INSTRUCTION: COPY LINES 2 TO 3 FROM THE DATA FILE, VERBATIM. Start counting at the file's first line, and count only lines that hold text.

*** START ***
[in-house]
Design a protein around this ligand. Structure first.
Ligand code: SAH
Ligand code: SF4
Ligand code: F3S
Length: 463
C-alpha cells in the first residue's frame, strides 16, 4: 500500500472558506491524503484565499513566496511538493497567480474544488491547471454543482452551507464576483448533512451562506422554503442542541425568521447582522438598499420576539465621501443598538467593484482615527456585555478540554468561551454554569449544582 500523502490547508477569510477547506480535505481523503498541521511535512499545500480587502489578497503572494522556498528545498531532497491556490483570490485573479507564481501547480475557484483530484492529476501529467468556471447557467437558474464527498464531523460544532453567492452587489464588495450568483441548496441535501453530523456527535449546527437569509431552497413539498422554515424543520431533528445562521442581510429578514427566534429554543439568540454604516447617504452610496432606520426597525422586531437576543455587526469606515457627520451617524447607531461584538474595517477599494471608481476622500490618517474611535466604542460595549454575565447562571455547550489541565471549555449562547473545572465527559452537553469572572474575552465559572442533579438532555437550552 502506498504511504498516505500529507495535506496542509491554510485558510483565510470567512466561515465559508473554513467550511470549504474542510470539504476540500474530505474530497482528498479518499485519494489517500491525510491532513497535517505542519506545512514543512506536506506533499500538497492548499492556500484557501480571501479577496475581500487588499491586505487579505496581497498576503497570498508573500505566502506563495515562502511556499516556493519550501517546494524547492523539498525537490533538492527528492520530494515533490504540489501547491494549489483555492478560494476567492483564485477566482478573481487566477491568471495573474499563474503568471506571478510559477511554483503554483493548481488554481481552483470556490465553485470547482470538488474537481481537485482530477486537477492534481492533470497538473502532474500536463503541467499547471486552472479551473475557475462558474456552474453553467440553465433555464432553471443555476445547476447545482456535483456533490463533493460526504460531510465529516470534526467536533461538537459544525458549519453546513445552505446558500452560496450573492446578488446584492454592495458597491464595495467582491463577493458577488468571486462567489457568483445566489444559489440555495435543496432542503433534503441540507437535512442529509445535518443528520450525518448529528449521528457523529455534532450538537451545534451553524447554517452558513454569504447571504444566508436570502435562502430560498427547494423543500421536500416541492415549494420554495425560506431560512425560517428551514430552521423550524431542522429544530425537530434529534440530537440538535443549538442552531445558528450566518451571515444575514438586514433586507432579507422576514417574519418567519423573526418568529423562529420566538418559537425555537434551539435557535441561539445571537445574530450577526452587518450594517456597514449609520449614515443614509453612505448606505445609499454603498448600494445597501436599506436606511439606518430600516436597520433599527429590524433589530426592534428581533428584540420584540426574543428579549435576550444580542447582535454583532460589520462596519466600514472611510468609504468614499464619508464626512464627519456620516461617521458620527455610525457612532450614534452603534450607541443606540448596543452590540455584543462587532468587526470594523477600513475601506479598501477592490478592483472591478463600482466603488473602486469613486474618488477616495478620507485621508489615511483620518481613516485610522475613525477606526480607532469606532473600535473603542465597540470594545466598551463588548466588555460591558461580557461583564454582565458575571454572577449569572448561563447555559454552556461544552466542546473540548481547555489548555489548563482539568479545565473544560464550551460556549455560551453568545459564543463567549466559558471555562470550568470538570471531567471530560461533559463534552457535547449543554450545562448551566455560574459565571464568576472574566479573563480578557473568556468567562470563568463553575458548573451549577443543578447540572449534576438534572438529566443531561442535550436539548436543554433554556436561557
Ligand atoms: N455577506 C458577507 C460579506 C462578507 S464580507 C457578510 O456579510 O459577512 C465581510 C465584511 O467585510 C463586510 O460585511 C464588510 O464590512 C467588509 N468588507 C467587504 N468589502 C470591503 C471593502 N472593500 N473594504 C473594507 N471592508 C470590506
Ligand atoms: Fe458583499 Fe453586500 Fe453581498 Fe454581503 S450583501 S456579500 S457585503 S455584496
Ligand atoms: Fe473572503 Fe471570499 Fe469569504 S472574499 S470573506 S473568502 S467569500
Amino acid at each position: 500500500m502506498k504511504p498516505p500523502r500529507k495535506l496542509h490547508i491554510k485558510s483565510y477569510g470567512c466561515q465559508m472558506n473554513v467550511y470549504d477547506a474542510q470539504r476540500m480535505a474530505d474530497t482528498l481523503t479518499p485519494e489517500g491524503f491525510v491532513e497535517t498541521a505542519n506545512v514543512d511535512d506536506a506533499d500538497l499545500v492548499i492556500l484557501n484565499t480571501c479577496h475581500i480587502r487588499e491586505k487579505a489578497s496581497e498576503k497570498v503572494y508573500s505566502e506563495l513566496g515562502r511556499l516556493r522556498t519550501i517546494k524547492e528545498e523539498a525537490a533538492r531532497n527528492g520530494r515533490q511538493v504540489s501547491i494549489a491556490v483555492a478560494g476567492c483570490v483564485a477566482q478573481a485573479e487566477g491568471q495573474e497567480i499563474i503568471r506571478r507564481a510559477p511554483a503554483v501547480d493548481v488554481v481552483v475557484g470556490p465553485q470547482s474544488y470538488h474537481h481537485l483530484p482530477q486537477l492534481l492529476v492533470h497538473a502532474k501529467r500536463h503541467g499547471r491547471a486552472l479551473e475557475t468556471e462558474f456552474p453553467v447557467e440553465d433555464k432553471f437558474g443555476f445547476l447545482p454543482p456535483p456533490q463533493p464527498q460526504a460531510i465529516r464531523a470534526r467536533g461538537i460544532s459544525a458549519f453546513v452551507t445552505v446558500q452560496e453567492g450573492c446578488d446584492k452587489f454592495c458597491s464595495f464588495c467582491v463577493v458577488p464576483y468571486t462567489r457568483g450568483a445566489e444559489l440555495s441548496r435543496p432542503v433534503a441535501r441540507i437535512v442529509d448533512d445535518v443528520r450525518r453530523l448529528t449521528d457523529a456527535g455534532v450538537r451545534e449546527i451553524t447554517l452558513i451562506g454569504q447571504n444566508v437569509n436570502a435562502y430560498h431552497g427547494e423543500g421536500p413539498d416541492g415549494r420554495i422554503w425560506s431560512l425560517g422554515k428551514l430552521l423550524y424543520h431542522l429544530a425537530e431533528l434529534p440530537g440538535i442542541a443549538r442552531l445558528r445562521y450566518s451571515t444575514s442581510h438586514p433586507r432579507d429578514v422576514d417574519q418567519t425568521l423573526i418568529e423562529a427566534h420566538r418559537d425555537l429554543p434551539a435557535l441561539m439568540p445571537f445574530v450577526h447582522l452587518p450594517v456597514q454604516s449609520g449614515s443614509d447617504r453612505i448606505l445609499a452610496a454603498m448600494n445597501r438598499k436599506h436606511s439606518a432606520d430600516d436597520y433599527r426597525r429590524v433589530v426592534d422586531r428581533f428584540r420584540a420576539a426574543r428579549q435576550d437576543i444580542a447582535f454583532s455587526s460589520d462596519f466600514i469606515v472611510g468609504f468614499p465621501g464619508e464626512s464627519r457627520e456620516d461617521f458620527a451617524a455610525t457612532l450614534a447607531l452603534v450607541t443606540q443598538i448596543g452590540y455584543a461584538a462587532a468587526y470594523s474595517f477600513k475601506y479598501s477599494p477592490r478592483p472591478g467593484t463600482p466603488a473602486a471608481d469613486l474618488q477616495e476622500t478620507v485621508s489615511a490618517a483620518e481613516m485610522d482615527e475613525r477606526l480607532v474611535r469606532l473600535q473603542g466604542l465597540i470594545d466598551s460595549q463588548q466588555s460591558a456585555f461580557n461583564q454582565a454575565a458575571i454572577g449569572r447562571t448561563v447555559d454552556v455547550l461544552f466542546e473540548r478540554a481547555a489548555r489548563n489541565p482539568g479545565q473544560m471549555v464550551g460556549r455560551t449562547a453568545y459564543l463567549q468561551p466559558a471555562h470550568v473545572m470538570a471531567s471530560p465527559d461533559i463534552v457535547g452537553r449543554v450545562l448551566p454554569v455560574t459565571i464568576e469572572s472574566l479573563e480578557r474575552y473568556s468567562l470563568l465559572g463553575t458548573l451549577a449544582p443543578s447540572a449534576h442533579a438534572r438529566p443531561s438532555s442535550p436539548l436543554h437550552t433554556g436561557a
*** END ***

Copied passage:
Design a protein around this ligand. Structure first.
Ligand code: SAH